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Balancing Female Leadership And Having Children

By Rob Starr, Big4.com Content Manager.
Suz (Graf) O’Donnell is a leadership coach, personal branding strategist, management consult, workshop leader, and keynote speaker. Her past career choices include a period of time with Accenture, Capgemini and Ernst & Young.

Suz (Graf) O’Donnell

Most recently, her new ebook, The Career- Family Formula: Three Steps Female Leaders Must Take When Planning A Family, tackles the daunting subject of balancing your personal brand as woman leader with your plans to have children and finding an equilibrium with both.
“The minute that someone says they’re having a baby, their employees, boss and customers all start wondering, ‘Is she coming back?’” O’Donnell says adding most people begin wondering how the change will affect them overall , if anything will need to be revised and how will they need to cover in the woman’s absence.
Smooth Transition
She goes on to say the trick to smooth transition is transparency on the part of the leader.
“The more you’re open about what’s going to happen, the less fearful people are and the more they can perform on a daily basis.”
There are other factors that need to be carefully considered, according to O’Donnell. Although the media, laws and rules have bolstered women in positions of authority and their choices concerning pregnancy and career, 95% of decisions are made unconsciously and there’s an inevitable tendency to be concerned with a leader having a baby.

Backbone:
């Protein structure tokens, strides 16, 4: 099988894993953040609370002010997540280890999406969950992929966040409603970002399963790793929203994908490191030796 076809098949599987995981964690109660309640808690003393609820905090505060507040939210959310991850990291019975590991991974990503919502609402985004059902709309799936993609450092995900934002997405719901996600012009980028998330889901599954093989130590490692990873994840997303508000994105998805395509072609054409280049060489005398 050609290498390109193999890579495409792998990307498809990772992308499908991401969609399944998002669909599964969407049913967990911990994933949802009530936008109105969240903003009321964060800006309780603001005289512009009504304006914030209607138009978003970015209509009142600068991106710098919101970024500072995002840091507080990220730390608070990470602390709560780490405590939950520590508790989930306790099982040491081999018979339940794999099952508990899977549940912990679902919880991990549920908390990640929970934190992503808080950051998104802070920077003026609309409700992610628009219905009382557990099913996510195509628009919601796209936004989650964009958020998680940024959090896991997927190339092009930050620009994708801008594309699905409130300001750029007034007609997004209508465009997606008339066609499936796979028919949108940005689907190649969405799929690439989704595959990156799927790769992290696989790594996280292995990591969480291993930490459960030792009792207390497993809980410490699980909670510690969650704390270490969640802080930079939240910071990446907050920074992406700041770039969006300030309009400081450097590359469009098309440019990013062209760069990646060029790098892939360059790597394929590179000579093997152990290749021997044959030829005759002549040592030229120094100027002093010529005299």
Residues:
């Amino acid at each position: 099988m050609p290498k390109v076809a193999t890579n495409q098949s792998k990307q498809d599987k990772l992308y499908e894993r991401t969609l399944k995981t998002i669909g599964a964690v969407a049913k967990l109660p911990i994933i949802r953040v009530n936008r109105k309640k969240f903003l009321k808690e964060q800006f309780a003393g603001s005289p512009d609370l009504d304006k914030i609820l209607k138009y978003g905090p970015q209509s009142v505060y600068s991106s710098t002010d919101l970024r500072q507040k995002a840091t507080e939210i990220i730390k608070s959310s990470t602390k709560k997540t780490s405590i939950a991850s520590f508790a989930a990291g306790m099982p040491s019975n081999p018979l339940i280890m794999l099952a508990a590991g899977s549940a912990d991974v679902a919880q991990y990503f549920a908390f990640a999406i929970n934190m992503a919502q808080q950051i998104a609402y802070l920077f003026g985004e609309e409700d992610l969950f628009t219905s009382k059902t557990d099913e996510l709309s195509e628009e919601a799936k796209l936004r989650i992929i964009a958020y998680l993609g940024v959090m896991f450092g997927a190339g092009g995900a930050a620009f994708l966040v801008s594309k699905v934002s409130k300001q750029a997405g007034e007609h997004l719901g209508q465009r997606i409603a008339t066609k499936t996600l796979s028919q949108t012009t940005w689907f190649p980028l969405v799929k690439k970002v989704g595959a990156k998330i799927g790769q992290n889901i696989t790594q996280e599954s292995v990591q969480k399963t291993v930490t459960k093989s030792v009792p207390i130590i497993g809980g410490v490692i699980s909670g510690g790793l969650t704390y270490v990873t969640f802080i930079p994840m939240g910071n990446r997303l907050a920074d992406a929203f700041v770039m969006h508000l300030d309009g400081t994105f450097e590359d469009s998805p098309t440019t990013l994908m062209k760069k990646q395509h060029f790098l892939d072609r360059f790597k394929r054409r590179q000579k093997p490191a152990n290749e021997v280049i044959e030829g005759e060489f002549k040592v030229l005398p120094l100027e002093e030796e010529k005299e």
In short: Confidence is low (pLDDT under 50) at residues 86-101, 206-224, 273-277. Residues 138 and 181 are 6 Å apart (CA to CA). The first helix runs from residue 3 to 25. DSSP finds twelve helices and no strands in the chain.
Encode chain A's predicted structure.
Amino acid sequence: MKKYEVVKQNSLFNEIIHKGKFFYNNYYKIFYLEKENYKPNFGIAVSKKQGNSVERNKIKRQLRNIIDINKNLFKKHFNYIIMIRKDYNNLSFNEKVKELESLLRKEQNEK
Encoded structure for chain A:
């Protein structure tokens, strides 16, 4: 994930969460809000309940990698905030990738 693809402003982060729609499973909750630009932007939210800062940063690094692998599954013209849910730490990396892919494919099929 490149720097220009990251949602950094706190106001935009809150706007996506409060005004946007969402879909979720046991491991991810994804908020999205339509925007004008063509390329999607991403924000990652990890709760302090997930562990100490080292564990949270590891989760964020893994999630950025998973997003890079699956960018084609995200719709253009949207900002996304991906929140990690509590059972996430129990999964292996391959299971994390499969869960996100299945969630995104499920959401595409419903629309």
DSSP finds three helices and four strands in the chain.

She also says the number of men and women in management positions in accounting and consulting firms are fairly even until mid level, when the balance drops off in favor of men. Finally, women have a series of choices after they have a baby—they can come back to work and do the same job as before, they can return to a revised schedule or not return at all.
Return to the C-suite
The Career-Family Formula™ is O’Donnell’s answer for those influential women who want to be sure the transition to motherhood leaves the door open for their return to the C-suite. These are the three steps that career women need to take when planning a family and they include: creating a career assurance plan, developing your career brand and building a rock solid delegation strategy.
It all starts with some clearly defined objectives.
“My recommendation is about reestablishing your personal brand and how people see you as a leader at work,” O’Donnell says. “ It’s also about knowing what you want and making that clear to everyone else.”
She also stresses that it’s important to start implementing your plan months in advance of telling anyone you’re having a baby and tweaking it through your career.
You can read more about The Career- Family Formula: Three Steps Female Leaders Must Take When Planning A Family here.

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